I think the industry will go the way of Propellerheads, who is trying an Apple-like approach. They're using their dongle/internet auth device to setup a plug-in store that ties purchases to your account. By using a proprietary format, since the host has to be authenticated, so do all of the plugins. It makes me wonder how long VST will be around, since companies now have a commercially viable way of reducing piracy (e.g. once Ableton, Cubase, etc. all move over to similar closed systems).
posted by spiderskull at 9:46 AM on August 14, 2012


Airwindows makes some really great free-and-cheap Mac-only AU plugins. One of his free channel color plugs is on almost every one of my tracks. It's subtle, but it does something really nice as you turn the gain up.

I'm also really dreading going to 64-bit, because my favorite plugin is Massey's aborted attempt to port TapeHead to Mac AU. It's magic on bass and vocals.
posted by uncleozzy at 9:47 AM on August 14, 2012 [1 favorite]


most. awesome. post. evar!
posted by smcdow at 9:57 AM on August 14, 2012 [1 favorite]


I've been keeping track of mostly free (or donationware, not the same thing) vst plugins for years now at delicious, using the tags vst, vst_effects, and vst_instruments. The tag macwin will filter so that only plugins which work on both platforms are listed (there's an underpopulated macwinlin tag for the few linux friendly plugins). Have fun!
posted by not_that_epiphanius at 10:09 AM on August 14, 2012 [1 favorite]


Thanks for making this post! Lots of things for this newb to explore.
posted by owtytrof at 10:10 AM on August 14, 2012


Basically, many commercial VSTs are pirated extensively

I wrote a track called Honesty which in its final release form was honest about the fact that I was using a trial version of the MicroTonic drum machine.
posted by azarbayejani at 10:12 AM on August 14, 2012


spiderskull - plugin anti piracy is as good as the developers want to make it. Look at FXpansion for example. Their stuff like Synth Squad has been "sort of" cracked but not reliably. A walled garden approach is not necessary. I much prefer being able to use standard format plugs in multiple hosts.

A more likely (and desirable, to me) path forward is the hybrid software / hardware approach that companies like NI are following with Maschine and various DJ products. The hardware acts as a dongle, in a way, but provides a huge benefit to the legit user that the pirate doesn't get. Of course not every synth plugin can have or needs a custom control surface, so hmmmm.
posted by fleetmouse at 10:13 AM on August 14, 2012


Some of the TAL plugins really fantastic for free plugins. I'm a huge fan of their delay, TAL-DUB, for noisy, washed out resonating on and on and on effects.
posted by Hutch at 10:24 AM on August 14, 2012


What is Metafilter's favorite DAW? I use Reason a lot and sometimes wonder if I'm missing out. I'm on a Mac.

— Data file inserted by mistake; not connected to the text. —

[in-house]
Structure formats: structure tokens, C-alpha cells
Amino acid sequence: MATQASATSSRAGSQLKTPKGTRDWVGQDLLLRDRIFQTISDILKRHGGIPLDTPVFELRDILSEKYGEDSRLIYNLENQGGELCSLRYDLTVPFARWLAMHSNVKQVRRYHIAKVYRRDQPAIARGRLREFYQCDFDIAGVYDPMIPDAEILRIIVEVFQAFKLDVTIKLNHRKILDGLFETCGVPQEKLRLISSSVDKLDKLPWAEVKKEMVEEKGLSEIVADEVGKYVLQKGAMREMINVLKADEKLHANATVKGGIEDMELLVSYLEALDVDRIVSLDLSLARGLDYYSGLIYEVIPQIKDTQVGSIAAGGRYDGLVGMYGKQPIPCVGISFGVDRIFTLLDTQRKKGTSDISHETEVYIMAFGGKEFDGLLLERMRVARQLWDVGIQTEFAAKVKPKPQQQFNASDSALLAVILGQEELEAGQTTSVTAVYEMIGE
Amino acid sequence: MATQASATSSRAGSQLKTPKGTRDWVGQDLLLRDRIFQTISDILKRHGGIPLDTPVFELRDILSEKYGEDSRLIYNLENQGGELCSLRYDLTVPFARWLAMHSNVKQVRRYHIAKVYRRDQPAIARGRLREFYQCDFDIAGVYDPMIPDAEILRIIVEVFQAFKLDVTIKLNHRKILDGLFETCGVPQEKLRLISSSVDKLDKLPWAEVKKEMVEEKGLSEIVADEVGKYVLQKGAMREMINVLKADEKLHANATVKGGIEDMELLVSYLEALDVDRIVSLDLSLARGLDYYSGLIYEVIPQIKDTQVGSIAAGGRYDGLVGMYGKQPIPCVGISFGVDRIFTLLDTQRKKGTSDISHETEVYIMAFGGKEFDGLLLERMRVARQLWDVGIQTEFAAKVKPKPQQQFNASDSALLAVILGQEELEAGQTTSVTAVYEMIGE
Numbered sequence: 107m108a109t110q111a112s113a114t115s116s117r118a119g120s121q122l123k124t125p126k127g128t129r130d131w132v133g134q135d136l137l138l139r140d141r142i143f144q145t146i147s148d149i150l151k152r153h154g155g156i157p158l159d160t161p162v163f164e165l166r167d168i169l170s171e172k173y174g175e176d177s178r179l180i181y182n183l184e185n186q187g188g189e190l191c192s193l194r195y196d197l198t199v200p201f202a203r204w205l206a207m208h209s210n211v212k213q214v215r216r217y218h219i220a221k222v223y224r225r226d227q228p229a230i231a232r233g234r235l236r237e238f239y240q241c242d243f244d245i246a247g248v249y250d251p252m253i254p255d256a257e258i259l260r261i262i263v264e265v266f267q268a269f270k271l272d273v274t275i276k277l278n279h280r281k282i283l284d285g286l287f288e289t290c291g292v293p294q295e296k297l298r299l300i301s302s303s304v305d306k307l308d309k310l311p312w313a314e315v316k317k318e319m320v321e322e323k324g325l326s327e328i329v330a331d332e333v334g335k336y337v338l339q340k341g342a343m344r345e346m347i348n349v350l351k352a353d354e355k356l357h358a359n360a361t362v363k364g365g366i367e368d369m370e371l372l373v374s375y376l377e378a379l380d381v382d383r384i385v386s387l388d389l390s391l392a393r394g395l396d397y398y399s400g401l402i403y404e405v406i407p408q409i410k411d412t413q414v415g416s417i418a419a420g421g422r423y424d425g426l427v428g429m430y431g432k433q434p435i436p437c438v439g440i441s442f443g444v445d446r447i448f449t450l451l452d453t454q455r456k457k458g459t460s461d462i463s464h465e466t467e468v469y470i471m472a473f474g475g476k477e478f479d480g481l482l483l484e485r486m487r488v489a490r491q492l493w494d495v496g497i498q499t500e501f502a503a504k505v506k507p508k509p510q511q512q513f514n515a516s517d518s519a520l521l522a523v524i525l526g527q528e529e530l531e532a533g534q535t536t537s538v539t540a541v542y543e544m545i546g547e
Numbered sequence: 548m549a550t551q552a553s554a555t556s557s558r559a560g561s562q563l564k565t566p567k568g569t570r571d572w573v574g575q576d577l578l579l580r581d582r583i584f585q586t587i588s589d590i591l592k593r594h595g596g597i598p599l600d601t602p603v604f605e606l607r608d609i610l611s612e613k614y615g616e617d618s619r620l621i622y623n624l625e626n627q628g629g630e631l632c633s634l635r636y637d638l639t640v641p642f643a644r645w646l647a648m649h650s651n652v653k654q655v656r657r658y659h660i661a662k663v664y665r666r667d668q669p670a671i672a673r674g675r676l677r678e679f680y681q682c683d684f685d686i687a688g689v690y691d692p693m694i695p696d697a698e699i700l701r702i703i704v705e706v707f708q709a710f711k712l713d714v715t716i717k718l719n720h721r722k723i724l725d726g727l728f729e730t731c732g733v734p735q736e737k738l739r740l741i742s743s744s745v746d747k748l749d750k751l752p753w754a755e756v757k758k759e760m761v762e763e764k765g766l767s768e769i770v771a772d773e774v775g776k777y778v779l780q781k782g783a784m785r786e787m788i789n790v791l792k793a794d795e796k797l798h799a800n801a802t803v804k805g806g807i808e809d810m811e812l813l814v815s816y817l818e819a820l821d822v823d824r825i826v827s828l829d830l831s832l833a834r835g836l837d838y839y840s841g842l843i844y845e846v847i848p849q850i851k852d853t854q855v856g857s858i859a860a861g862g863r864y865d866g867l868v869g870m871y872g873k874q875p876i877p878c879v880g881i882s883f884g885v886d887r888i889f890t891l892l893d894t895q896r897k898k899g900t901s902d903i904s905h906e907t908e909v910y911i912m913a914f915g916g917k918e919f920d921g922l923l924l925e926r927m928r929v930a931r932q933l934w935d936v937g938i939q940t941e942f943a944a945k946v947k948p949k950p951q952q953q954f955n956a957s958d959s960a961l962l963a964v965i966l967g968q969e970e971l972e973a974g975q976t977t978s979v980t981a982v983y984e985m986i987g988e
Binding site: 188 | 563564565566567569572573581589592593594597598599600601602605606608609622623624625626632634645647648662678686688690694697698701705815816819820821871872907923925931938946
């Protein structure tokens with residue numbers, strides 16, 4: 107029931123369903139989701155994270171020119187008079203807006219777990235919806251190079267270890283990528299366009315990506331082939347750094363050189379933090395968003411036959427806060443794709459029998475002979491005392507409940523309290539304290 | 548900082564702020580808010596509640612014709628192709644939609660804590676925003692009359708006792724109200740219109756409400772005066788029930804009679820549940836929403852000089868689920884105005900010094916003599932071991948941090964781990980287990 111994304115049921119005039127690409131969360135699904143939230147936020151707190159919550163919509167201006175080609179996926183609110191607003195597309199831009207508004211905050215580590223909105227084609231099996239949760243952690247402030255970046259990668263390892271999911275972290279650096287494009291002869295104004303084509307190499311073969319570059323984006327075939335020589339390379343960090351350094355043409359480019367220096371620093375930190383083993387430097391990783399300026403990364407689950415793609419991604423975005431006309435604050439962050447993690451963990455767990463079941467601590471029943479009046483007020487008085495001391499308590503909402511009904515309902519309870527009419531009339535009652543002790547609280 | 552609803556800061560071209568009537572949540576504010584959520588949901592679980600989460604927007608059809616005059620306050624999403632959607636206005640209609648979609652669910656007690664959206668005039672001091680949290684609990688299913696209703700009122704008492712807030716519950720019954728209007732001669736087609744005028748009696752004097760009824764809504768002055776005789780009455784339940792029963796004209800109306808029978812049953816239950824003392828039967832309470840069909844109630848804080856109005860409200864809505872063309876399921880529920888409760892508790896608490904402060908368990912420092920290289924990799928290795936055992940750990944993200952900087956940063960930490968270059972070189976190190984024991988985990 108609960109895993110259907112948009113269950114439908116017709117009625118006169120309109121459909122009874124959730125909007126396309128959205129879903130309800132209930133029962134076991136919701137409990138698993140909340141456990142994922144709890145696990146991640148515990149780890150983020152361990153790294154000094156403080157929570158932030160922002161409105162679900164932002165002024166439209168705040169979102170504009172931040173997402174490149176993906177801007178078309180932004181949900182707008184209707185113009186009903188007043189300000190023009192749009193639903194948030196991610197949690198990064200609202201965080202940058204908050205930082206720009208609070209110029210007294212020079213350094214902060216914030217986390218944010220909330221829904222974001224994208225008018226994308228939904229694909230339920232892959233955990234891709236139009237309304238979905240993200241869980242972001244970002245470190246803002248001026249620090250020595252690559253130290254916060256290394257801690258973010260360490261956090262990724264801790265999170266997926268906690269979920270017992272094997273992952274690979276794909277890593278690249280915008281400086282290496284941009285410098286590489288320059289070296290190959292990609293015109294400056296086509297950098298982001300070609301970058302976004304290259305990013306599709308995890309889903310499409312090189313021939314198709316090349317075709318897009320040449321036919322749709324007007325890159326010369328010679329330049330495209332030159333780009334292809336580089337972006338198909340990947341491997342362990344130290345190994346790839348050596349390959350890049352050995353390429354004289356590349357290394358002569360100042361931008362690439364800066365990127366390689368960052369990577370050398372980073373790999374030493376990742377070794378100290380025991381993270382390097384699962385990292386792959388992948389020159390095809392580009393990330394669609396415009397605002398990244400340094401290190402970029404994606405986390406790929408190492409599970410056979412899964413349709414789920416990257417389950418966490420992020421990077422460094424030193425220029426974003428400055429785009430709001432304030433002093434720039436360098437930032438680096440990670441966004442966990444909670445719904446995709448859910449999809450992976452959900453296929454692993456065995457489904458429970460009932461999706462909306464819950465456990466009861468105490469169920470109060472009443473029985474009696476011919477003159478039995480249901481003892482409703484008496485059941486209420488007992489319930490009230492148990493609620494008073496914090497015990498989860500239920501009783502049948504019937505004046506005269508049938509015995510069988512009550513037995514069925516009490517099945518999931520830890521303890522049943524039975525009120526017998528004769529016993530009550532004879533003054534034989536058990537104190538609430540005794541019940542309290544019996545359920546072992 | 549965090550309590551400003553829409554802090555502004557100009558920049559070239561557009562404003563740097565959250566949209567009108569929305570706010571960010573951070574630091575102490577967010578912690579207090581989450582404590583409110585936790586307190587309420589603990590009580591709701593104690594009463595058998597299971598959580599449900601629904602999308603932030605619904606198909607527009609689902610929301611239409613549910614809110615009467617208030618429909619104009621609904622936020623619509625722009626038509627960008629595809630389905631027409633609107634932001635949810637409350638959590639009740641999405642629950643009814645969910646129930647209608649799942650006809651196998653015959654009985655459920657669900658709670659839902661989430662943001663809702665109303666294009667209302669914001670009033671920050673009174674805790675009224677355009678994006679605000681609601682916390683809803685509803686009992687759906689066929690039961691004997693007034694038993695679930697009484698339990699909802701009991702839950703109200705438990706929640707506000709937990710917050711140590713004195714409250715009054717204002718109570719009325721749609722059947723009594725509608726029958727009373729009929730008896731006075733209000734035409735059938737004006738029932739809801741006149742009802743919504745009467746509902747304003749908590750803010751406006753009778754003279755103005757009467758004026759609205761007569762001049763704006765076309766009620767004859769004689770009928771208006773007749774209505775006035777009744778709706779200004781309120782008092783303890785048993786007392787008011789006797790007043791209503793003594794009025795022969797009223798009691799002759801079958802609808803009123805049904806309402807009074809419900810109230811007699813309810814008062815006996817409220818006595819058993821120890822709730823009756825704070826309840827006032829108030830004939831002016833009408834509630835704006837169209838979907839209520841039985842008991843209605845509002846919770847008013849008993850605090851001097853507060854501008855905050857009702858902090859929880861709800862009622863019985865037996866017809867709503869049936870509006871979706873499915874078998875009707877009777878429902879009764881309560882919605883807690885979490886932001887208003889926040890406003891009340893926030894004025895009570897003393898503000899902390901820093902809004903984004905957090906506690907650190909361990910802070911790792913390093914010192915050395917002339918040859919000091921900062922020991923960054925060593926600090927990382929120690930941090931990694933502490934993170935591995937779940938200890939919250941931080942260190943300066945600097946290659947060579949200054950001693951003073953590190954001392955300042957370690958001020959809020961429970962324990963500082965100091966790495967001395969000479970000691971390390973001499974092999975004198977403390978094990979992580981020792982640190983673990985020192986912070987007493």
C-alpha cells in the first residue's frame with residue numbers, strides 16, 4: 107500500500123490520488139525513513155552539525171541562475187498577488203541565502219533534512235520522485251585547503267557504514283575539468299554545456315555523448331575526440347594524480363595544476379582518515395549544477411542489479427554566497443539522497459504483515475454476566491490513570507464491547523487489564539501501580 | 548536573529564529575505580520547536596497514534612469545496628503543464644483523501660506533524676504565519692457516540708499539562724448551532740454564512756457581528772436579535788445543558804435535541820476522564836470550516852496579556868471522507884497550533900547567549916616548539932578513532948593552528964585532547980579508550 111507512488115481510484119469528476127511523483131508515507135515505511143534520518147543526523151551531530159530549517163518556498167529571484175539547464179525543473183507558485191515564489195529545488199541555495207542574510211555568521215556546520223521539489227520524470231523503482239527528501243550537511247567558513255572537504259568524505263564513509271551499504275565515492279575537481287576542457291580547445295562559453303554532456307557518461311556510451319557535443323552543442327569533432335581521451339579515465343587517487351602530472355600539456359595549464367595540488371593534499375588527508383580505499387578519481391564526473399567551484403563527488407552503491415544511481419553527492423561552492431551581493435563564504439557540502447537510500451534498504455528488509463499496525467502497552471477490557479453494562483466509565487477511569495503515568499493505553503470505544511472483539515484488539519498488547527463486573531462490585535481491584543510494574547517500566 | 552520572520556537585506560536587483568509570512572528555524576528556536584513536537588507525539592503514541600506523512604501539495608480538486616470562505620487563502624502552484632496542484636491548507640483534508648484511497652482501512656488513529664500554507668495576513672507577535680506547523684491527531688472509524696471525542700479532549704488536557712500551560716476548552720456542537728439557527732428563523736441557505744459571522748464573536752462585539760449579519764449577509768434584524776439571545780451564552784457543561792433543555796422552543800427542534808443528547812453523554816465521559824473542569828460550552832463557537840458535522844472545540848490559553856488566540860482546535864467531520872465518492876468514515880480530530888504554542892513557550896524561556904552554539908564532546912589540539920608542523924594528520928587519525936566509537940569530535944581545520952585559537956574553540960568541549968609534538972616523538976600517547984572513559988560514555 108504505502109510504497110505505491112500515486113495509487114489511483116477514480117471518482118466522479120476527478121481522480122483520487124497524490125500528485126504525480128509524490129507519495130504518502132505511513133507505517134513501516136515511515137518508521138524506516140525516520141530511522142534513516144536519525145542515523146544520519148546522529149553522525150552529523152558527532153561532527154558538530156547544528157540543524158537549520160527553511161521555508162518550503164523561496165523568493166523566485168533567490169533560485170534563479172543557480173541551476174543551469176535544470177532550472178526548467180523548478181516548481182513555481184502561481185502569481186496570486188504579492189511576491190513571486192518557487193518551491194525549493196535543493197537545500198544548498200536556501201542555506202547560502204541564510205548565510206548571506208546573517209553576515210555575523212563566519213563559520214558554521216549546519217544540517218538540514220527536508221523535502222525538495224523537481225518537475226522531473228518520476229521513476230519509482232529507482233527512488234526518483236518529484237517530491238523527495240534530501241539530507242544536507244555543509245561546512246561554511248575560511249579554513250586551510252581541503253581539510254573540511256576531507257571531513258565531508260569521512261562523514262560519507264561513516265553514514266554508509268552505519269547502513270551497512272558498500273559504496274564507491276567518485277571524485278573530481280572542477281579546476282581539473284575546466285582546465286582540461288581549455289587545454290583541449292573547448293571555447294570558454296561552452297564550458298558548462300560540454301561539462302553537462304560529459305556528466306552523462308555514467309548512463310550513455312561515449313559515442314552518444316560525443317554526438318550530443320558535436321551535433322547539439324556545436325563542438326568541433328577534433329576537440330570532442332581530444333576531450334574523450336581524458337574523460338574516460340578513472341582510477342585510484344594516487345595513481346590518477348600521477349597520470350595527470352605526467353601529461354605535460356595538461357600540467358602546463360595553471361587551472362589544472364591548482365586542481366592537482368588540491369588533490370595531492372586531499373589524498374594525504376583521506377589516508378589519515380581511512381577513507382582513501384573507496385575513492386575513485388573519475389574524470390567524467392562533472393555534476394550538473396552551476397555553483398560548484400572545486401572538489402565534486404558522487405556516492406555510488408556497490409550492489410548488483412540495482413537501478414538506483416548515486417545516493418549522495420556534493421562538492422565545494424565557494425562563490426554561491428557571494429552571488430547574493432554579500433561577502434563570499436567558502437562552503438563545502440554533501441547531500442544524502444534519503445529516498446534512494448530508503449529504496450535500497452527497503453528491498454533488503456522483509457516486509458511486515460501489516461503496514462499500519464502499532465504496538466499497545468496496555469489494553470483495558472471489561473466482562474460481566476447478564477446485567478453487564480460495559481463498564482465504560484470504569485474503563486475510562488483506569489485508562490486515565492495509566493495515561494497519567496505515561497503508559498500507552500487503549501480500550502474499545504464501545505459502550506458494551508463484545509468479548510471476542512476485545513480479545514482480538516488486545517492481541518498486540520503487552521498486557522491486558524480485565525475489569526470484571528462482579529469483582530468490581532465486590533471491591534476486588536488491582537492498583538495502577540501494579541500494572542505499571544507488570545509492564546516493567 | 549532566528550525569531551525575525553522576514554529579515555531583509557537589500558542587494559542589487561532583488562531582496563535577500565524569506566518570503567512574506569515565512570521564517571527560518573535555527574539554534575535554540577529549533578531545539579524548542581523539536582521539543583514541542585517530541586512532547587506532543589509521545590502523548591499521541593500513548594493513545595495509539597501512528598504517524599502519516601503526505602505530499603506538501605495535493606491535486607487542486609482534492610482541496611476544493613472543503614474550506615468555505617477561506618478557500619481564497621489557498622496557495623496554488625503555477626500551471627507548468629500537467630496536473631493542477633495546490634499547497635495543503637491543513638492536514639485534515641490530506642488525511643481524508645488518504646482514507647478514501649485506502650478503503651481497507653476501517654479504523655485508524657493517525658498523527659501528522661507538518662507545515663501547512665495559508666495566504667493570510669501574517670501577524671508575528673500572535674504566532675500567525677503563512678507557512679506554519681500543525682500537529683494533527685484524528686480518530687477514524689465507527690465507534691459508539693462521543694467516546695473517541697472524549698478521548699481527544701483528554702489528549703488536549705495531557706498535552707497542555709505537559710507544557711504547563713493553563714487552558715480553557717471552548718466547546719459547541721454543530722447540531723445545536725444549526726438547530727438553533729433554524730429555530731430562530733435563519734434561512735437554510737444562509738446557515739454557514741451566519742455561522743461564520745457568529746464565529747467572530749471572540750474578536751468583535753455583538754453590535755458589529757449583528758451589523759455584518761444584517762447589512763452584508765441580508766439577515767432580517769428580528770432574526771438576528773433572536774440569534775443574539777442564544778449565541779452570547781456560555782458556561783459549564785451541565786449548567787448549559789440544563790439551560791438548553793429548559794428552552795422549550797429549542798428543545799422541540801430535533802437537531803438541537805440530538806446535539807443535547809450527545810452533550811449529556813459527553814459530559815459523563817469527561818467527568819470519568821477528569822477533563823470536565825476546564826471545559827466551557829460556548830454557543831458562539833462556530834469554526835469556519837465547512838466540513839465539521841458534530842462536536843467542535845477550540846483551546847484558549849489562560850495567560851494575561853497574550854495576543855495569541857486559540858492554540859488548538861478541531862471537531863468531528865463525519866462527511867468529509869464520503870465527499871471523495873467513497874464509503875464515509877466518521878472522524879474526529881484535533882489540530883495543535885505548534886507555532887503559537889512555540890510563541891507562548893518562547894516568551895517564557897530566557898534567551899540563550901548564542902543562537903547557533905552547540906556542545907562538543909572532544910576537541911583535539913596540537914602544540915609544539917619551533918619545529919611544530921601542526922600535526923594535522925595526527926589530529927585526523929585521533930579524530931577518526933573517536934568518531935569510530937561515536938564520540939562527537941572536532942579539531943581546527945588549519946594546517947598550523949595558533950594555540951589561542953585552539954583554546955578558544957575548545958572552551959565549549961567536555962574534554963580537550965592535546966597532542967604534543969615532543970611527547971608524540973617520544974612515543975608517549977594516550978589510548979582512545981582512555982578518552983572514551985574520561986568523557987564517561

posted by circular at 10:33 AM on August 14, 2012


What is Metafilter's favorite DAW? I use Reason a lot and sometimes wonder if I'm missing out. I'm on a Mac.

Ableton Live here.
posted by acb at 10:39 AM on August 14, 2012 [2 favorites]


Favorite DAW? Use whatever works for you. I've been using Logic Pro for the past six years and I still love it (for the most part).

When I was a PC user I liked Sonar.
posted by Doleful Creature at 10:40 AM on August 14, 2012


Ableton Live all the way.
posted by azarbayejani at 10:43 AM on August 14, 2012 [1 favorite]


REAPER is the DAW of the FUTURE.
posted by blue t-shirt at 10:44 AM on August 14, 2012 [5 favorites]


Also, my favorite free VST "shop" is krakli. They seem to have little respect for the traditional way of designing synths and their interfaces, which I find refreshing.
posted by blue t-shirt at 10:46 AM on August 14, 2012


Oh, here's another useful tag:

http://pinboard.in/t:soundfonts (remove the last 's' for more hits)

PROTIP: lots of samplers (like Kontakt) can still play the old soundfonts, and the internet is LOUSY with dusty old free soundfonts.

Speaking of DAWs, if you don't need MIDI sequencing but want a solid audio recording and production DAW for not too much money: Harrison Mixbus, it even works in Linux!
posted by Doleful Creature at 10:49 AM on August 14, 2012 [1 favorite]


I've been using FL Studio since it was called FruityLoops and was just a little drum machine. Nowadays it is a fully fledged DAW. Free upgrades for life is a pretty sweet deal as well. I also pop over to Ableton sometimes for arranging things, but I stay away from all its live performance stuff.
posted by hellphish at 11:20 AM on August 14, 2012


Logic Express 8 on a dedicated MacBook.
posted by ZenMasterThis at 11:27 AM on August 14, 2012 [1 favorite]


DAWs: Unless your workflow is exactly, exactly the same as the guy who wrote Ableton, let me very strongly recommend against Ableton Live. (I have literally thirty years of experience with sequencers, if you include the sequencer I wrote on the PDP-11 in 1981, so it's not "just me".)

I'm stuck on working with it because I have years invested in Max and Max For Live is right now the best way to put programming in your sequencer. But I'm increasingly thinking I made a terrible mistake.